Justin Miller

 Justin Miller is a senior writing fellow for The American Prospect.

Recent Articles

Testing Progressives, Centrist Dems Team Up with GOP to Deregulate Banks

This just might be the biggest test of Democratic unity yet in the Trump era. 

(CQ Roll Call via AP Images) Senators Mark Warner and Elizabeth Warren talk before the start of a Senate Banking, Housing and Urban Affairs Committee hearing in February. trickle-downers_35.jpg D espite Republican leaders’ best attempts to convince Senate Democrats from red states like Indiana, West Virginia, and North Dakota to vote for repealing the Affordable Care Act, cutting entitlements, and enacting sweeping tax cuts for the rich, congressional Democrats have remained united. That unanimity—along with a heaping dose of presidential ineptitude—has left the GOP’s legislative agenda largely unaccomplished 11 months into the Donald Trump administration. Alas, the congressional Democrats’ spine couldn’t stay stiff forever. So what’s the straw that broke the party’s back? Wall Street, of course. On Monday, news broke that Senate Banking Committee Chair Mike Crapo had struck a deal with a cadre of Wall Street friendly Senate Democrats to roll back regulations, including key parts of...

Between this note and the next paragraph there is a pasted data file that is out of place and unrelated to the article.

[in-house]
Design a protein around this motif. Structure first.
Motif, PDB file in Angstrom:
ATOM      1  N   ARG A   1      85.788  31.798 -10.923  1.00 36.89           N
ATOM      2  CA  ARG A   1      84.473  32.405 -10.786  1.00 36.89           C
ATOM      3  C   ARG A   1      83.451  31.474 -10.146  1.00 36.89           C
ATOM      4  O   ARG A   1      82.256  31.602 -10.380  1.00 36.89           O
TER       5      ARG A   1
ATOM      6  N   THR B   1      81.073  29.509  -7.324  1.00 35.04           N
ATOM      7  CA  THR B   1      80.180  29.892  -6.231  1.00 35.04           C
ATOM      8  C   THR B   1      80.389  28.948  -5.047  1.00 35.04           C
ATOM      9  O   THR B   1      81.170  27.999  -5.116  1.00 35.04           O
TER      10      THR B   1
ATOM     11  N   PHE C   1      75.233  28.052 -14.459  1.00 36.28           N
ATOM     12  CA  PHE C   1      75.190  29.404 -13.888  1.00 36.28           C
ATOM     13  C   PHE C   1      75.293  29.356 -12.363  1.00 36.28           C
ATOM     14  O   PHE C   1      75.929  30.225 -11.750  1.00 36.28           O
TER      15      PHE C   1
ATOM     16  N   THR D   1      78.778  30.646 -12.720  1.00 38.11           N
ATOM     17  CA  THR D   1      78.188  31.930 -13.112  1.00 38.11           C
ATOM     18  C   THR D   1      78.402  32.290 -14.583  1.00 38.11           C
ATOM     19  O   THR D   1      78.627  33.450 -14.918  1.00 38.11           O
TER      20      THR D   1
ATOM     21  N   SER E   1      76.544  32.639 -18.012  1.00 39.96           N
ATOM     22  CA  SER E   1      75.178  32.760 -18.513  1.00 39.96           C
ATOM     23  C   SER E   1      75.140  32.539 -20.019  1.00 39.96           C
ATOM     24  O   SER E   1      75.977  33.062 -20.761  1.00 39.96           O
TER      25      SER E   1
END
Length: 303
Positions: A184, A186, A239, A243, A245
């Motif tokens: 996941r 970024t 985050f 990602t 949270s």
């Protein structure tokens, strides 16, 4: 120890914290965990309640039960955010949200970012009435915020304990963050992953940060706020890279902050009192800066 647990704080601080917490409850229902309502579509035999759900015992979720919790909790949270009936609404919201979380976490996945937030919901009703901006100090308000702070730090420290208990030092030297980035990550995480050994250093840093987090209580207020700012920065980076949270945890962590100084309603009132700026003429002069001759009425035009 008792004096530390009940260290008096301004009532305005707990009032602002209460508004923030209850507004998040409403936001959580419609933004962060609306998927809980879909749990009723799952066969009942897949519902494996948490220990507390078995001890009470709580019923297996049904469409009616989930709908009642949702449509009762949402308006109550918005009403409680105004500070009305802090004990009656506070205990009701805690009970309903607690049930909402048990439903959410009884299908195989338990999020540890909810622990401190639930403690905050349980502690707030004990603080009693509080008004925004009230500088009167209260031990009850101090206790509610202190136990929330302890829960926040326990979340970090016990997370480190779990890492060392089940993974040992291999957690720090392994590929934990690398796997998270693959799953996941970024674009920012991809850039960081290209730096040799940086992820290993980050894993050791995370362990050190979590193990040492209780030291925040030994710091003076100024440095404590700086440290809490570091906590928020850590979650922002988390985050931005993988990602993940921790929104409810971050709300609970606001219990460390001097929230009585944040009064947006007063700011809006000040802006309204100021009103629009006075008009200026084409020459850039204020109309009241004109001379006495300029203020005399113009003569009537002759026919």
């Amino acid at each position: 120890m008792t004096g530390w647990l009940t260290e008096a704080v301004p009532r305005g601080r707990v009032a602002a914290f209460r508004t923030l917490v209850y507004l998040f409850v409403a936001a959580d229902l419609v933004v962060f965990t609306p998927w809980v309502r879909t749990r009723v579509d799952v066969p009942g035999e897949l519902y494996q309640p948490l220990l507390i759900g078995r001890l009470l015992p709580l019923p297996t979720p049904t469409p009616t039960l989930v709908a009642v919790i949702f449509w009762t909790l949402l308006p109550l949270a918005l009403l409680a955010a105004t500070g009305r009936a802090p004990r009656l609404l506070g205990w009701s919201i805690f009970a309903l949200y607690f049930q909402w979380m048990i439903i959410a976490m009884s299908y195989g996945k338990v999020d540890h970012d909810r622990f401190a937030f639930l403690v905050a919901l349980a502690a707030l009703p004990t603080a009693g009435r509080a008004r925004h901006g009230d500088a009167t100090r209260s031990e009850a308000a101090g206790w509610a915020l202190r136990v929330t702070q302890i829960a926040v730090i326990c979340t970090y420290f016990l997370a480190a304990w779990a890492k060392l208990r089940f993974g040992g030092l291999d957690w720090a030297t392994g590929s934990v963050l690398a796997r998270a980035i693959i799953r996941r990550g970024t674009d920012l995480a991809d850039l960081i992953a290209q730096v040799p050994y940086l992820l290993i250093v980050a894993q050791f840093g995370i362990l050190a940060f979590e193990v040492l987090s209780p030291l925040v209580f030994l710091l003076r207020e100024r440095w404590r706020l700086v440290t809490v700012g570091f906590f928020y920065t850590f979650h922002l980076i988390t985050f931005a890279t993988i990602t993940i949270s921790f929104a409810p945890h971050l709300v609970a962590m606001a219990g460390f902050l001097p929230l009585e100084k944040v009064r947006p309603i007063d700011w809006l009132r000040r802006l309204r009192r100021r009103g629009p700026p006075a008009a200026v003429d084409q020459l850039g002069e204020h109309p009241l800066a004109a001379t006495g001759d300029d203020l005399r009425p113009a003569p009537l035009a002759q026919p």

The New Workers, and New Militancy, of the Seventies

A new book highlights how women and people of color were organizing their workplaces at impressive rates during the 1970s—they just weren’t winning. 

(The Kheel Center for Labor-Management Documentation and Archives)